Kenyan Environmentalist Wins Nobel Peace Prize
by Roddy Scheer
In what analysts are reporting as a conscious effort to eschew the
politics of current events in Iraq, the Nobel committee has chosen
Kenyan Green Belt Movement founder Wangari Maathai as the 2004 recipient
of its annual $1.3 million peace prize.
Maathai, who currently serves as Deputy Minister for the Environment
in Kenya's government, has worked tirelessly for three decades empowering
African women, planting millions of trees in ravaged areas, and fighting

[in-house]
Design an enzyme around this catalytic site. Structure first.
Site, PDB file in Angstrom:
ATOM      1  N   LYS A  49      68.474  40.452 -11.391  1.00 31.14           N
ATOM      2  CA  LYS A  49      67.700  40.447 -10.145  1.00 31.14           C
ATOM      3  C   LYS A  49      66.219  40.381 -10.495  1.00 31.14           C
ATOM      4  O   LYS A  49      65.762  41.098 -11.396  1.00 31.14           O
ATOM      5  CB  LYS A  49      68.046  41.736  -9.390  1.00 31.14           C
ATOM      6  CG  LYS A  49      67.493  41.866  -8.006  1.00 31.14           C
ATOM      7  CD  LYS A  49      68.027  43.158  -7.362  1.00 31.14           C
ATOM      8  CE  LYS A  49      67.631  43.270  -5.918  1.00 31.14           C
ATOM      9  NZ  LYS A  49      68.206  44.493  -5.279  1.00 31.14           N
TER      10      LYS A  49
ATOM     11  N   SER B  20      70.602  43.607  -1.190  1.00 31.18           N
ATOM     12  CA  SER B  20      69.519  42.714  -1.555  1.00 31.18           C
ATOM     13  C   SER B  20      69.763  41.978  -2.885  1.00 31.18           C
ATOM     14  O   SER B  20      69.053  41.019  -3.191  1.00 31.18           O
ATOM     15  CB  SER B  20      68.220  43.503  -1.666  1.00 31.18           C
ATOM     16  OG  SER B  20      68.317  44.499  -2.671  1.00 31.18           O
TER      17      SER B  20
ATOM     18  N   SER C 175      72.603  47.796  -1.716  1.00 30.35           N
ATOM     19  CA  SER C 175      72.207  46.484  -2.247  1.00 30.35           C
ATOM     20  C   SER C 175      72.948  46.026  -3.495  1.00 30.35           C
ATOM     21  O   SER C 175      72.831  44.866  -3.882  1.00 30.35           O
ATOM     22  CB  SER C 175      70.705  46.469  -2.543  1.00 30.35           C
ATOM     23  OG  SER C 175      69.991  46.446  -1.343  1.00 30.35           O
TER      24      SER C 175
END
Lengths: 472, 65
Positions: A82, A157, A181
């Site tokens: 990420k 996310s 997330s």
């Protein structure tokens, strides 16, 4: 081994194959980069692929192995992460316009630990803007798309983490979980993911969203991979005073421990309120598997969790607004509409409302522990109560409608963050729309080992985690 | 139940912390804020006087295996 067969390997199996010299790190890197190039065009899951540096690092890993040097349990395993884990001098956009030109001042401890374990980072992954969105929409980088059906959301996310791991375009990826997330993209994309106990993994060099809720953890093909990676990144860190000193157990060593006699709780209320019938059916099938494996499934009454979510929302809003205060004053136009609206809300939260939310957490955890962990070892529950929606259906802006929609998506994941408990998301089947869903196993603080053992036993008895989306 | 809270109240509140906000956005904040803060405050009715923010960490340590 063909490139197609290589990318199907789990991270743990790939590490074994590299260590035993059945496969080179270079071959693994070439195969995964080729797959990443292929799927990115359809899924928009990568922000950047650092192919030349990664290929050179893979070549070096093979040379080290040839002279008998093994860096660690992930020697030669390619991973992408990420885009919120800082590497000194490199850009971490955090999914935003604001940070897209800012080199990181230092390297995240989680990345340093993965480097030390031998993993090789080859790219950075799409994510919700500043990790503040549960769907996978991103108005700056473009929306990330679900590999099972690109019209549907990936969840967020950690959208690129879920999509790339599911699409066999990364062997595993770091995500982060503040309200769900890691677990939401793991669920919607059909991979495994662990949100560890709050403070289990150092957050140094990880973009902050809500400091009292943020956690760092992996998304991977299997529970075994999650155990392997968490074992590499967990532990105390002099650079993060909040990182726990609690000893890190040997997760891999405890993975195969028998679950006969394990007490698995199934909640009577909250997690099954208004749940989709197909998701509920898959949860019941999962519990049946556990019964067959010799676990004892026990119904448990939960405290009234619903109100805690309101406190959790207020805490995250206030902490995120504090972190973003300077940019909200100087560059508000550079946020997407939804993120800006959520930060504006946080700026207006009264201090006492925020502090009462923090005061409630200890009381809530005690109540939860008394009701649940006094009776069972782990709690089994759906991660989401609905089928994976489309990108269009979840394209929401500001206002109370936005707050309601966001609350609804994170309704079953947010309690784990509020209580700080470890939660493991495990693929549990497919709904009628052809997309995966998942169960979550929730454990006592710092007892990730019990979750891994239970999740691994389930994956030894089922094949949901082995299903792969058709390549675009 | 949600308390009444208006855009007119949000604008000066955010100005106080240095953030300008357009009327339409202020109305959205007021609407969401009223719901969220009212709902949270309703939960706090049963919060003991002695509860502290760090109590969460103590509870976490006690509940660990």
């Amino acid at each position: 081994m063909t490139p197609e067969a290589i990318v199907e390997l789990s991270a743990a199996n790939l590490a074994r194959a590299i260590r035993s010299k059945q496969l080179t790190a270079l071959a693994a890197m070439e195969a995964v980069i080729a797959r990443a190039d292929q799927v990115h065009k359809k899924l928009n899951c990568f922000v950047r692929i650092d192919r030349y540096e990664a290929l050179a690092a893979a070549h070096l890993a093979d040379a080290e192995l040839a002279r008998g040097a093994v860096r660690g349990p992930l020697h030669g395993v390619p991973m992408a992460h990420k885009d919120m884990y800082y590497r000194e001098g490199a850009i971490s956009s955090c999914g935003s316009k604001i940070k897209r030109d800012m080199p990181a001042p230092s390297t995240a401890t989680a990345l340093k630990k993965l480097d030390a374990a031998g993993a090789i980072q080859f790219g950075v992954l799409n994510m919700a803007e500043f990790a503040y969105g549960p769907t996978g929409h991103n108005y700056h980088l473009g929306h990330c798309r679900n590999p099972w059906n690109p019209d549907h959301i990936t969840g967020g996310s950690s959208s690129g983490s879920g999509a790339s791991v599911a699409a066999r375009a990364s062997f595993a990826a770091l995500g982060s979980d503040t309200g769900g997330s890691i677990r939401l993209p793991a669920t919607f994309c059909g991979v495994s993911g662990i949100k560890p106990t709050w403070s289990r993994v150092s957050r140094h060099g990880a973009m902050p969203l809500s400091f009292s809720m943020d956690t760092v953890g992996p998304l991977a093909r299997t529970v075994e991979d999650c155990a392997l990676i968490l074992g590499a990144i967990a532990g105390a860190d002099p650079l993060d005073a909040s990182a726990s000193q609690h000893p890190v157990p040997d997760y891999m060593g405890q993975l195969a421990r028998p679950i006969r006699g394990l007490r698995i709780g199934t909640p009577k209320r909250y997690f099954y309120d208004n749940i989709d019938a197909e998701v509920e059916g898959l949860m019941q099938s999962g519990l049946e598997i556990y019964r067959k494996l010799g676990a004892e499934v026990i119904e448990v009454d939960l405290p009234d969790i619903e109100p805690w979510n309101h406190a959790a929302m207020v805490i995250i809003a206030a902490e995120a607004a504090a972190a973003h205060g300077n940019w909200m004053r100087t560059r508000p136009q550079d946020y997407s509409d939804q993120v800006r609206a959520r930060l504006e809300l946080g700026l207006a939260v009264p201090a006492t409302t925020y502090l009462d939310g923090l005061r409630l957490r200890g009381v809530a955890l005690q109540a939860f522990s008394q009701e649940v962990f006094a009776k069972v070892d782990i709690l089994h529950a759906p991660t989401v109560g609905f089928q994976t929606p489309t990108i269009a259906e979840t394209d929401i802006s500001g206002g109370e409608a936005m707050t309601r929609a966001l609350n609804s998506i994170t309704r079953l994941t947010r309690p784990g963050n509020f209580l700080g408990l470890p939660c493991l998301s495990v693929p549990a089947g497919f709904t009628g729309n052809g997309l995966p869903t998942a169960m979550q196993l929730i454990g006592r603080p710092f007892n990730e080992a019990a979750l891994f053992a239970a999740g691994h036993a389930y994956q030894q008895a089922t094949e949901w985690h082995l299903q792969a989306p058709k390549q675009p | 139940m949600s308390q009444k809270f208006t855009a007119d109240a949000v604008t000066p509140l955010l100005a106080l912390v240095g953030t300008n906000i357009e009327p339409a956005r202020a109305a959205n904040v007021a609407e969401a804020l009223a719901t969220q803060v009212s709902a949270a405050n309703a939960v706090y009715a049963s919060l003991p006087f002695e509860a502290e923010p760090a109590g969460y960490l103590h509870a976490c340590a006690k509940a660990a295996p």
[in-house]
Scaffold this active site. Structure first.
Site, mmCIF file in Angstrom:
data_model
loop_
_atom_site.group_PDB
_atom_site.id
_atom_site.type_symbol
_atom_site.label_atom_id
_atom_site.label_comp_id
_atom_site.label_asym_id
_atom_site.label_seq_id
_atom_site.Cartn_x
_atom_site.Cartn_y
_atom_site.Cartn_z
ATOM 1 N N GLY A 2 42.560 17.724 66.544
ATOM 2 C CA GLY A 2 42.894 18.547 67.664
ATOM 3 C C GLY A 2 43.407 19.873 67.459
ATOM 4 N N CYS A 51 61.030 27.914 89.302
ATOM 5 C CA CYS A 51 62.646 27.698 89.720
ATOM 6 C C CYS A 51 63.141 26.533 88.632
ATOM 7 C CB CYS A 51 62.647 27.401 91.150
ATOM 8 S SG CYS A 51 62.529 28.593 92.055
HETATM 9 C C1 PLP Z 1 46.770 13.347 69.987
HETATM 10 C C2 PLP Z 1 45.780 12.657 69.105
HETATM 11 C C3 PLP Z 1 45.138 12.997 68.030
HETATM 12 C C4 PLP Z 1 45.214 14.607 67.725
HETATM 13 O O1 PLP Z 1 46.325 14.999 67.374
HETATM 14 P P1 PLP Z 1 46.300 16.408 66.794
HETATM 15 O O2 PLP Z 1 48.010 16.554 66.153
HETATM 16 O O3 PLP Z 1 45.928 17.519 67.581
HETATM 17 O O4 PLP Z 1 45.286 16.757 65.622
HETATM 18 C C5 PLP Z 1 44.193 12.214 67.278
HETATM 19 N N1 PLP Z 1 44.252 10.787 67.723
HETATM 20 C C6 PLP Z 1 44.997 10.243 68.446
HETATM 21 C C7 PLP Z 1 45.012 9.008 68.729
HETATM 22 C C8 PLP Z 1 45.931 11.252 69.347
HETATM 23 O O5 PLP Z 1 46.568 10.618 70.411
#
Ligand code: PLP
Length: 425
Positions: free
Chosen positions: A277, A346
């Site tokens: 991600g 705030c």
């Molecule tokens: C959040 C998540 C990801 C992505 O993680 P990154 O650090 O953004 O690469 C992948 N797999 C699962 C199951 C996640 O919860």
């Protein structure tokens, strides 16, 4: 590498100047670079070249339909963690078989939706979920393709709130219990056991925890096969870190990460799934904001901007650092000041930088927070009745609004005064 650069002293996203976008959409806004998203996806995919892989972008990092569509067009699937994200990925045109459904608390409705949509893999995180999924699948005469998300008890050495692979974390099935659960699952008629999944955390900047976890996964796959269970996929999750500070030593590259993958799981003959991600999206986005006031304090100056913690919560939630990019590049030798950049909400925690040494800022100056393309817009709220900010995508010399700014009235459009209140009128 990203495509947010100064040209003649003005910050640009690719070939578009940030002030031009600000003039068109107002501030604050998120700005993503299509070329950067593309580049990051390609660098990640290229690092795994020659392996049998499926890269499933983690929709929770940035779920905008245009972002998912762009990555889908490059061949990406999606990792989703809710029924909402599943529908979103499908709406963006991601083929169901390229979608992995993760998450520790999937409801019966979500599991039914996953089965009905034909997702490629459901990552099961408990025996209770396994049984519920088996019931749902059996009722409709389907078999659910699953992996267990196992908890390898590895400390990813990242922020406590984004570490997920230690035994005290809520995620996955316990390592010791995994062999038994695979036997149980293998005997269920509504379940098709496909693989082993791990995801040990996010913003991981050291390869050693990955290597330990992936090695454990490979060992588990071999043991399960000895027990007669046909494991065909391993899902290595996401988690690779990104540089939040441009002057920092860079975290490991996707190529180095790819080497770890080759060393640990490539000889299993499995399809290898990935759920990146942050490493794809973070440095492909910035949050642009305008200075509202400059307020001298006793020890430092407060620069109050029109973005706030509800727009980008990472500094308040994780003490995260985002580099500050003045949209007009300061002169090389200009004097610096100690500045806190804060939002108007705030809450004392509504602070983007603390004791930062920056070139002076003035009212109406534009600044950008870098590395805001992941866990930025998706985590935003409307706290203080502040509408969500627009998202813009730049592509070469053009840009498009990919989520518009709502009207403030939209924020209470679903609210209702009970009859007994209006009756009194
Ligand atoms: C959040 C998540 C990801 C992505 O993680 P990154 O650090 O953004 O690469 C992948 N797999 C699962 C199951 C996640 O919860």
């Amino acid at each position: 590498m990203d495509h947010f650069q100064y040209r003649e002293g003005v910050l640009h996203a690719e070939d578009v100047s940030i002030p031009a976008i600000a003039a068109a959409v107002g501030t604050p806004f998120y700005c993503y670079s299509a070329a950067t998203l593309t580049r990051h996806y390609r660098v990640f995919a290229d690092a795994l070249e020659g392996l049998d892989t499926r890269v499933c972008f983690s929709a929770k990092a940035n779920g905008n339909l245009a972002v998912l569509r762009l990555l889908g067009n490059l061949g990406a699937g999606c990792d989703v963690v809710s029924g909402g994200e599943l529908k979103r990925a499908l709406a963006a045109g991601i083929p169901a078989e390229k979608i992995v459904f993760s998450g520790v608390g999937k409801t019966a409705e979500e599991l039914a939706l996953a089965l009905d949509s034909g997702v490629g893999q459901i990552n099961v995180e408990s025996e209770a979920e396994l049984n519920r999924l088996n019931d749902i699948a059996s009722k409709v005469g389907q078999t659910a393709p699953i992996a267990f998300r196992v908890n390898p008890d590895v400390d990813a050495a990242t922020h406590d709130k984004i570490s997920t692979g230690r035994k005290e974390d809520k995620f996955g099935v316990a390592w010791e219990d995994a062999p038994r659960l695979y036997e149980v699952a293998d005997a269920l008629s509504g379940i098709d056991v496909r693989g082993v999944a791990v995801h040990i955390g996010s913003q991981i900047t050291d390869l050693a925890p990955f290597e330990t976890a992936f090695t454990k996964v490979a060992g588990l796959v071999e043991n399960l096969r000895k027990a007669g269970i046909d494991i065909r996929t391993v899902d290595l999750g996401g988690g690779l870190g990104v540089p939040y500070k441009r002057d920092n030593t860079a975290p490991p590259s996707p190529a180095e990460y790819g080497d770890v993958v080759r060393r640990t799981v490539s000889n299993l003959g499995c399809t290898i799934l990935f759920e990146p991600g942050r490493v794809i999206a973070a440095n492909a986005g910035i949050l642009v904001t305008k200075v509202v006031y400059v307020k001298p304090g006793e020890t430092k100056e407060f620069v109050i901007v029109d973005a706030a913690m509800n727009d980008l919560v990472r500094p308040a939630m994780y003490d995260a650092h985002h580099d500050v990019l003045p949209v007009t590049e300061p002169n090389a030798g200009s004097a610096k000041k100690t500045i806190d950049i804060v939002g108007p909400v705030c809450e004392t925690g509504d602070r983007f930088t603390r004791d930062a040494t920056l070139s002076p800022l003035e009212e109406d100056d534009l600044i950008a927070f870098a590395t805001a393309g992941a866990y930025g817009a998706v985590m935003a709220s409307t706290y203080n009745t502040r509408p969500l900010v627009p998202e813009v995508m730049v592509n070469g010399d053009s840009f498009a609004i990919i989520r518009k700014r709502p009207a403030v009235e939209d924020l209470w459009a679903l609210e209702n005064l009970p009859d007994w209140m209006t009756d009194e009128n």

"The environment is very important in the aspects of peace because
when we destroy our resources and our resources become scarce, we fight
over that," said Maathai. "I am working to make sure we don't
only protect the environment, we also improve governance."
Never before in its 103-year history has the Nobel Peace Prize been
awarded to an environmentalist. But back in 2001 the committee announced
that it wanted to enlarge the scope of the prize to honor those who
worked to improve the environment as well as making significant contributions
to peace efforts.
"This is the first time environment sets the agenda for the Nobel
Peace Prize, and we have added a new dimension to peace. We want to
work for a better life environment in Africa," stated Nobel committee
chairpersom Ole Danbolt.